Creating a Supporting Culture in the Organization
I have previously pointed out in my blog that “quiet quitting” does not mean that employees outright quit their job. While employees do not stop performing their duties, they quit the idea of going above and beyond. They no longer subscribe to the hustle culture mentality that work must be our life. As you might expect, Millennial and Generation Z workers are at the forefront of the movement. Baby Boomers and Generation X workers are older and less likely to leave their jobs.
Employers need to be sensitive to the activities and relationships within the organization that might motivate quiet and/or conscious quitting. It can be a positive or negative for workplace behavior.
According to a study by Gallup and published on October 24, 2022, quiet quitters make up at least 50% of the U.S. workforce. Many quiet quitters fit its definition of being “not engaged” at work -- people who do the minimum required and are psychologically detached from their job. Gallup found a decline in engagement and employee satisfaction among remote Gen Z and younger millennials – those below age 35.
According to research by LLC, when quiet quitters decide to do the bare minimum in their roles, they’re often pushing some of their responsibilities off on others, whether they realize it or not. Naturally, that isn’t going to go over well with some of the quiet quitter’s colleagues. In the LLC report, 62% of employees surveyed said they are annoyed by the trend of quiet quitting, with 57% stating that they had to take on extra work because a colleague had quietly quit.
The following signs of quiet quitting illustrate why this trend could be dangerous for employers. Taken to an extreme, it could bring into question one's work/life balance and wellness, and negatively affect the workplace culture.
- Disengagement on a chronic basis.
- Performance only to the minimum set of performance standards.
- Isolation from other members of the team.
- Withdrawal from any non-necessary conversations, activities or tasks.
- Attendance at meetings but not speaking up or taking action.
“Conscious quitting” entails a choice to knowingly step back from one’s work obligations because of a practice, or lack thereof, of one’s employer. It describes employees leaving their current workplace for companies that better align with their environmental and social values. Not to be confused with quiet quitting, conscious quitting often involves actual quitting and stems from fundamental ethical and moral concerns, rather than general grievances like job dissatisfaction and limited growth opportunities.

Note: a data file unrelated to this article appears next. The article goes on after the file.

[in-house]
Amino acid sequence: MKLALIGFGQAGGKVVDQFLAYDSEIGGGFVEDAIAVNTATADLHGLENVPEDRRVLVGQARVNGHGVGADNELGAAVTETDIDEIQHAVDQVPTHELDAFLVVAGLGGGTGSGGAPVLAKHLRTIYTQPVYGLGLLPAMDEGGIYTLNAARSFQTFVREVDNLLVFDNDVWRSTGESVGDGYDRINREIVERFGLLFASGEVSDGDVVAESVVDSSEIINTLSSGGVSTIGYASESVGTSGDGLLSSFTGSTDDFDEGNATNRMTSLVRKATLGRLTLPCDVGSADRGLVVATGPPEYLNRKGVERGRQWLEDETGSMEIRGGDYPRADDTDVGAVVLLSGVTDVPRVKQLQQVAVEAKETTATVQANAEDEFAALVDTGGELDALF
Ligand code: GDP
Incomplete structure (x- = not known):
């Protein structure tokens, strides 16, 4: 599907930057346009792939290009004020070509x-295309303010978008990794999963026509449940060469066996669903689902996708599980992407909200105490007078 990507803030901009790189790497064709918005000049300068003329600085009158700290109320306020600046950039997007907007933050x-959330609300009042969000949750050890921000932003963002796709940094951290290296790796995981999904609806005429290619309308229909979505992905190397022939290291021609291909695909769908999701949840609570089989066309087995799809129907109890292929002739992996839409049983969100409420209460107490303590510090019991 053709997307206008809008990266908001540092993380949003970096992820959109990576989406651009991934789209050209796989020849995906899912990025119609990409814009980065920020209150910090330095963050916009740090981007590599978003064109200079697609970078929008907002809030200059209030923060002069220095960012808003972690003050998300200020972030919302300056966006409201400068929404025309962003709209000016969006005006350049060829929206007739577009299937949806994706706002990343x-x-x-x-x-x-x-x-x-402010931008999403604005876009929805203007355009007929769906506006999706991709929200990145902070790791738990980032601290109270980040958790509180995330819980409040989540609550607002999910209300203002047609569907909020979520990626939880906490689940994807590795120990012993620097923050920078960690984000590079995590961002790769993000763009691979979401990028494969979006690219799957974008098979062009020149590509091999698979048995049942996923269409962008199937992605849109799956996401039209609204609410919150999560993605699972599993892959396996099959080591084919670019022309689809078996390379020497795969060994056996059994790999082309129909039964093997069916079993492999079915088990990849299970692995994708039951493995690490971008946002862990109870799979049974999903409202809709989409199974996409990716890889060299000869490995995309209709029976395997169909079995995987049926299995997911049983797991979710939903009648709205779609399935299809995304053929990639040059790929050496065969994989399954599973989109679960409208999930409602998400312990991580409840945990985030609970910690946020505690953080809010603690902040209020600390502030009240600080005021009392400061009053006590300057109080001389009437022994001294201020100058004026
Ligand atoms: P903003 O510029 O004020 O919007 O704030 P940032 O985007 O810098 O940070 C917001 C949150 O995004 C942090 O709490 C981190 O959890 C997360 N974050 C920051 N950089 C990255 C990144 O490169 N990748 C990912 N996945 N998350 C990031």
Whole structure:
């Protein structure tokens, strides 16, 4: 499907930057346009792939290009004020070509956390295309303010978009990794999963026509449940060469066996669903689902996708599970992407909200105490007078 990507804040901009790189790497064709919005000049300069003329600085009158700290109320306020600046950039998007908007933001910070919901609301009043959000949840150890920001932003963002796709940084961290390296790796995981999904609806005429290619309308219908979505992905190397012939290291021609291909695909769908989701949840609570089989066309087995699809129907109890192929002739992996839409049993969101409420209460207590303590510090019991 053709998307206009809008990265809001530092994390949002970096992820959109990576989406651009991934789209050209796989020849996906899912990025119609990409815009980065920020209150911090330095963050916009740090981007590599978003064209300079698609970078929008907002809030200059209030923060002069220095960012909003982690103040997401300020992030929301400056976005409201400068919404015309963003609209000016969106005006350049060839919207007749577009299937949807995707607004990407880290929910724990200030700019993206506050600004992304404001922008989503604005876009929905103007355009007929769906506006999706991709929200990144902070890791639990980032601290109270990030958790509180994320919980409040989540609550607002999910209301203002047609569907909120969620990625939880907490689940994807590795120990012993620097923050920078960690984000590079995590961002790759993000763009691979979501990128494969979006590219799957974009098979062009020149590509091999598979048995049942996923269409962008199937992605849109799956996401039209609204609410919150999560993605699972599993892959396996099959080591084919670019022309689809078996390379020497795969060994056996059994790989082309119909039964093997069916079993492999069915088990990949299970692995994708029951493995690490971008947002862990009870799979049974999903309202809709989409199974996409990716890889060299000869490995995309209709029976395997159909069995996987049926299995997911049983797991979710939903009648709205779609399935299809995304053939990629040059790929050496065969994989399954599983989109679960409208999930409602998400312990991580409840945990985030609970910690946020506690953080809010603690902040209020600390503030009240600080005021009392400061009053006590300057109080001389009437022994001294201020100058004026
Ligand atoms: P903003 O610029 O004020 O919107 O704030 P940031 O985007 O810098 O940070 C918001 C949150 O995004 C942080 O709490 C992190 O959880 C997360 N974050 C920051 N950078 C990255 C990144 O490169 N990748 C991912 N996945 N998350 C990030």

Issues like corporate responsibility, equity, diversity, and inclusion (EDI) have consistently ranked as high priorities among Gen Z and Millennials. However, while these concerns are nothing new, recent data suggests that conscious quitting may be more widespread than previously thought.
A KPMG survey of 6,000 UK employees revealed that 20% of office workers would turn down a job if environmental, social, and governance (ESG) factors were lacking, while 82% see ‘shared values’ a key consideration while finding new work. The attractiveness of these values, or lack thereof, can be seen in that one in five workers have turned down opportunities that don’t align with their values, with this portion rising to one in three for Gen Z employees ages 18 to 24.
Some reasons that lead people to ‘conscious quitting’ are:
- An excess workload.
- Poor compensation.
- Blurred boundaries.
- Lack of manager support.
- Unclear or shifting expectations, and
- Poor communication or conflict resolution skills.
To fend off conscious quitting, employers should create a culture that encourages employees to stay with the organization—such as loyalty, responsibility by top management, respect by management for employees, valuing others’ contributions in the workplace. and even work benefits.
Whether we’re looking at quiet or conscious quitting, Millennials and Gen Z employees are looking to join an organization whose purpose is greater than themselves and in choosing an employer.
Posted by Dr. Steven Mintz, aka Ethics Sage, on September 14, 2023. You can learn more about Steve’s activities by checking out his website at: https://www.stevenmintzethics.com/ and signing up for his newsletter.